More rounds, smaller rounds: unlimited scope is the enemy of timeliness
At the Carthage ICANN meeting in October 2003, the ICANN Board announced the development of a long-term process for new gTLDs, to be ready no later than December 31, 2004. In the current best-case scenario, we are now looking at 6 years of delays.
The main cause of the delays was the ambition to "objectively" address all and any concern for all and any imaginable gTLD.
ICANN’s multi-stakeholder, bottom-up process loses all credibility if delays continue. ICANN’s promises of accountability and transparency are vain if ICANN’s processes come to no conclusion. Eternally delayed promises to "objectively" assess proposals do not offer any benefits of objectivity. An eternally delayed process to assess "all" proposals does not assess a single one.
It is time to concede that the gTLD process has been overloaded. It cannot handle all the TLD proposed kinds of TLDs at once and must focus on the ones that can be handled now. It cannot handle al the possible future concerns and must focus on the concerns that need handling now.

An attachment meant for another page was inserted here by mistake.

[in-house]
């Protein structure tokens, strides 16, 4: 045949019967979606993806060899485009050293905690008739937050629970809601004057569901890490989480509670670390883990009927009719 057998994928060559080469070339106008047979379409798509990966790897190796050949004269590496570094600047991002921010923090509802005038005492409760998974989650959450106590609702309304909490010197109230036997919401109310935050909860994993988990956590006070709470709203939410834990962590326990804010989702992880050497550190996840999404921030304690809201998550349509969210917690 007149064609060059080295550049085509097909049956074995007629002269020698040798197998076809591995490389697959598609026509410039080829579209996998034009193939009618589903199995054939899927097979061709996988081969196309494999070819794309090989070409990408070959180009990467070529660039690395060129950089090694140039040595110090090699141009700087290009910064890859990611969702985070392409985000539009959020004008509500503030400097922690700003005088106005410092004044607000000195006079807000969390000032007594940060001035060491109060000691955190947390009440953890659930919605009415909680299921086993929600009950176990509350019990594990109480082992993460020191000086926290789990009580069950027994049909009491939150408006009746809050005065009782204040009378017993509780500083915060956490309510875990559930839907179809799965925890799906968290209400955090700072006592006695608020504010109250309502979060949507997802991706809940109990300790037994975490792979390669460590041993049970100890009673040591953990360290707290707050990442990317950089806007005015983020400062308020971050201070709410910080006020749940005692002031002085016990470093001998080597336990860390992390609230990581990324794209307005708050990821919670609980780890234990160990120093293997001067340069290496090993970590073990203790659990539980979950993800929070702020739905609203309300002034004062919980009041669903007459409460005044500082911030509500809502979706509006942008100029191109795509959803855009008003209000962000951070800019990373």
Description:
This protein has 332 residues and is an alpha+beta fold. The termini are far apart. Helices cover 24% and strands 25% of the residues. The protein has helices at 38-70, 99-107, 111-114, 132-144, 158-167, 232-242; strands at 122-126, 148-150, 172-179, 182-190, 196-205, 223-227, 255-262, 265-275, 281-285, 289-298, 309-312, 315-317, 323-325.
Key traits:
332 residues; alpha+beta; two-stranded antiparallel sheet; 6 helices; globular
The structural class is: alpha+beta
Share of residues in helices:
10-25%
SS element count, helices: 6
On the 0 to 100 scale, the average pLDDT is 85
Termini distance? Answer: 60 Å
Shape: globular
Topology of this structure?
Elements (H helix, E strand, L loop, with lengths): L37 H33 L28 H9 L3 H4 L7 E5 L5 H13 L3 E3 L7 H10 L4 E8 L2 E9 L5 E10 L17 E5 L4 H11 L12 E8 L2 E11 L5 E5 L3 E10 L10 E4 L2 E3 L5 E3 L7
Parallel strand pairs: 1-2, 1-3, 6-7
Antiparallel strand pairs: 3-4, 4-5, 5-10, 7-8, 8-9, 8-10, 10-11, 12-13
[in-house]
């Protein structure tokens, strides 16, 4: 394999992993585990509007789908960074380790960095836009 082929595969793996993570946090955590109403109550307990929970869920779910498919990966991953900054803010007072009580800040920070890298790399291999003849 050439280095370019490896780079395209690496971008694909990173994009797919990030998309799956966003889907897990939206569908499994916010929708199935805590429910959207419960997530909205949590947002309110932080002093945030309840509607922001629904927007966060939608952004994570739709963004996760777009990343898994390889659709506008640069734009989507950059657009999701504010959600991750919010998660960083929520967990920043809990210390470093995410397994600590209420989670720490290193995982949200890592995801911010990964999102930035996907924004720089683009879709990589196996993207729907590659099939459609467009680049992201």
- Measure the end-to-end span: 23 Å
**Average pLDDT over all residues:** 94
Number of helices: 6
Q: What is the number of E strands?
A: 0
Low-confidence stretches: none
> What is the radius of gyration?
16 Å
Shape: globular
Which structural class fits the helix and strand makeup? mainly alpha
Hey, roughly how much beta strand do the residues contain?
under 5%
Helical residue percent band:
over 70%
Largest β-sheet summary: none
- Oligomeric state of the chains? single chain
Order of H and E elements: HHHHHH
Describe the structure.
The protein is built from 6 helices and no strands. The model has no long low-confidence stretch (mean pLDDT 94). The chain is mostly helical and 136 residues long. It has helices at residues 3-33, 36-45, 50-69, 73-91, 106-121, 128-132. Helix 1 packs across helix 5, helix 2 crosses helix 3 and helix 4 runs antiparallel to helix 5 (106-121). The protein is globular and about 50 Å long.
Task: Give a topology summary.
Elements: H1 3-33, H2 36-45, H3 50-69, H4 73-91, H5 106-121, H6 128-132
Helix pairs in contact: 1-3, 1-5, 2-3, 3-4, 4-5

That inevitably means that it must be redesigned in a way to constrain (a) the range of issues to be dealt with in the application documents (b) the range of gTLD applications accepted in the coming round.Both constraints can be applied by specifying a simple set of guiding principles, rather than scoring systems or lists of names and codes. The ICANN board (or a panel appointed by it) must make a determination as and when the issue arises and the application documents must explicitly empower it to do so. Here are examples of principles that might be used: 1) ICANN must maintain an environment conducive to the beneficial development of the Internet 2) ICANN may deny the delegation of gTLDs or kinds of gTLDs whose likely negative externalities (external costs) outweigh their benefits for the development of the Internet in the public interest.
Werner Staub CORE Internet Council of Registrars